Latest data from Career Builder shows that the number of employers planning to reduce headcount has nearly halved to 9% from 16%.
Meanwhile, about 20% of employers now expect to add workers, as opposed to 14% previously.
Reuters: “There’s definitely an uptick. The number of employers who say they’re going to add full-time workers is up from last year, and that is very good news,” said Michael Erwin, senior career advisor at CareerBuilder.
Yet 61 per cent of employers said they do not plan to change staffing levels, showing a degree of caution, he said.
Still, the outlook is a mixed bag for those lucky enough to still have jobs. Top-performers (or those in with the boss) should do well.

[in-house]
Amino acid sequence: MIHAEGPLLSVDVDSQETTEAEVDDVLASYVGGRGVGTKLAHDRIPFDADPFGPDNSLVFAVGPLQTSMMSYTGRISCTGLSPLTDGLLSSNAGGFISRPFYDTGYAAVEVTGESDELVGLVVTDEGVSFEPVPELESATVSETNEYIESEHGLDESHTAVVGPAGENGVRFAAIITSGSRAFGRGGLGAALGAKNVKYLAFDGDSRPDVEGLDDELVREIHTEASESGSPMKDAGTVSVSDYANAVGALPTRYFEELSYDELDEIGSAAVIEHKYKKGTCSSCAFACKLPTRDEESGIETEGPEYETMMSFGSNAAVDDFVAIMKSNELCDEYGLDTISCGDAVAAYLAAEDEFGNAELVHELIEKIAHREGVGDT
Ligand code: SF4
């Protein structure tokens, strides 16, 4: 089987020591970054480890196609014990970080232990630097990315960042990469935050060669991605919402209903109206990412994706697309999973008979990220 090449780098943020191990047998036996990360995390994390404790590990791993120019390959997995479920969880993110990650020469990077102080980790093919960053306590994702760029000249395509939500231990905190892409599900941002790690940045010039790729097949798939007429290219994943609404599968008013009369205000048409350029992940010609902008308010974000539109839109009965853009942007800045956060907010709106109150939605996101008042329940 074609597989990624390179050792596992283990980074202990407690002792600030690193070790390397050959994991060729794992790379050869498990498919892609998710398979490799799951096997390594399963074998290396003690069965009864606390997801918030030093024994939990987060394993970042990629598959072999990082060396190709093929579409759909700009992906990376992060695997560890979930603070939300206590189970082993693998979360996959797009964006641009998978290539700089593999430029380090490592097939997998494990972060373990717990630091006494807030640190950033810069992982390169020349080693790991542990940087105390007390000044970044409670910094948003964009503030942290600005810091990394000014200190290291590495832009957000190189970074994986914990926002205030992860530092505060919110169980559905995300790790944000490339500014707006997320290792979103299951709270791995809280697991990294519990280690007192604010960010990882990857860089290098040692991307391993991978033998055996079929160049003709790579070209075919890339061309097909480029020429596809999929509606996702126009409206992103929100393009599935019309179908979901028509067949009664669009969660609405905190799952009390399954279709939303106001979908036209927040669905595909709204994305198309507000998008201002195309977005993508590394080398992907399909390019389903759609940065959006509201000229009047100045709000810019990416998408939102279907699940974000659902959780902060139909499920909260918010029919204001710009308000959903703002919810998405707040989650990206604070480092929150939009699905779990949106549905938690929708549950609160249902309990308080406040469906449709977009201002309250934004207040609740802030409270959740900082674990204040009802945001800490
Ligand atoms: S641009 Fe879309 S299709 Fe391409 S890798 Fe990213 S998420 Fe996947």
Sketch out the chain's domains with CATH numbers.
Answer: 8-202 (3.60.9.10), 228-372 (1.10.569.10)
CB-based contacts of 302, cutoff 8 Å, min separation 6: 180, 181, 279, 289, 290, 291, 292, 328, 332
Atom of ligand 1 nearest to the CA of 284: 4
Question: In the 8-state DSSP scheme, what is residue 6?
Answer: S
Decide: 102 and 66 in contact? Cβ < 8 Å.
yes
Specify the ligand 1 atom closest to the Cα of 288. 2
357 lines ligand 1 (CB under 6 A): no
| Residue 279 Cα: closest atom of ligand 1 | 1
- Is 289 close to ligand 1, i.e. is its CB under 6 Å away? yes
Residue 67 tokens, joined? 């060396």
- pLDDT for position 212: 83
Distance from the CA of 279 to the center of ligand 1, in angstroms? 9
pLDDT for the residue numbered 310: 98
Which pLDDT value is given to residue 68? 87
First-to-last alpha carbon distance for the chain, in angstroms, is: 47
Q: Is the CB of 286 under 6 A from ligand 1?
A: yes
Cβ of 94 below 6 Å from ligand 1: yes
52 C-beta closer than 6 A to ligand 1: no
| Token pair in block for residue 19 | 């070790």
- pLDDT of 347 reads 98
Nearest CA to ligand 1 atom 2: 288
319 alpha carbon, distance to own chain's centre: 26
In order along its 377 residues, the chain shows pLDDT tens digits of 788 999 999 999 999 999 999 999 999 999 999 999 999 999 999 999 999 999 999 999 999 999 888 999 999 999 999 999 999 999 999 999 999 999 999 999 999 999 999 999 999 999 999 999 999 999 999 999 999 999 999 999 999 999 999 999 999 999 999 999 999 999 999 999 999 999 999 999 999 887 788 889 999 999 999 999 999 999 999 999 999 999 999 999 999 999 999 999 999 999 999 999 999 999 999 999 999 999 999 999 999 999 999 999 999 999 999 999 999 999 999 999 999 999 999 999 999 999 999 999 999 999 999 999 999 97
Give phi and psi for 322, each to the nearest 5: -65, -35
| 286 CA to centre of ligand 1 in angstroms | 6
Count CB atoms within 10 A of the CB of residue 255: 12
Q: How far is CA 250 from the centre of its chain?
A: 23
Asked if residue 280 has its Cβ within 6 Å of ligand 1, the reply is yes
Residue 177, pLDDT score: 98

Reuters: 50-seven per cent of employers expect to see higher salaries for existing employees in 2010, down from 65 per cent in 2009. Also, 29 per cent plan to increase salaries in offers to new employees, down from 33 per cent in 2009.
Yet underperformers (or those who missed a few too many golf outings) could be replaced.
Reuters: As to bonuses, medical coverage and matching 401k contributions, the survey found 37 per cent of employers plan to cut benefits in 2010, up from 32 per cent who trimmed in 2009.
Many employers — 37 per cent — said they plan to take advantage of the large labour pool and replace low-performing employees in 2010.
Thus there’s a rub: while some firms might keep headcounts stable, they might still fire and hire in order to tweak their work force. They certainly have the luxury to do so; supply vs. demand favours employers right now. At least they’re increasingly planning to hire.
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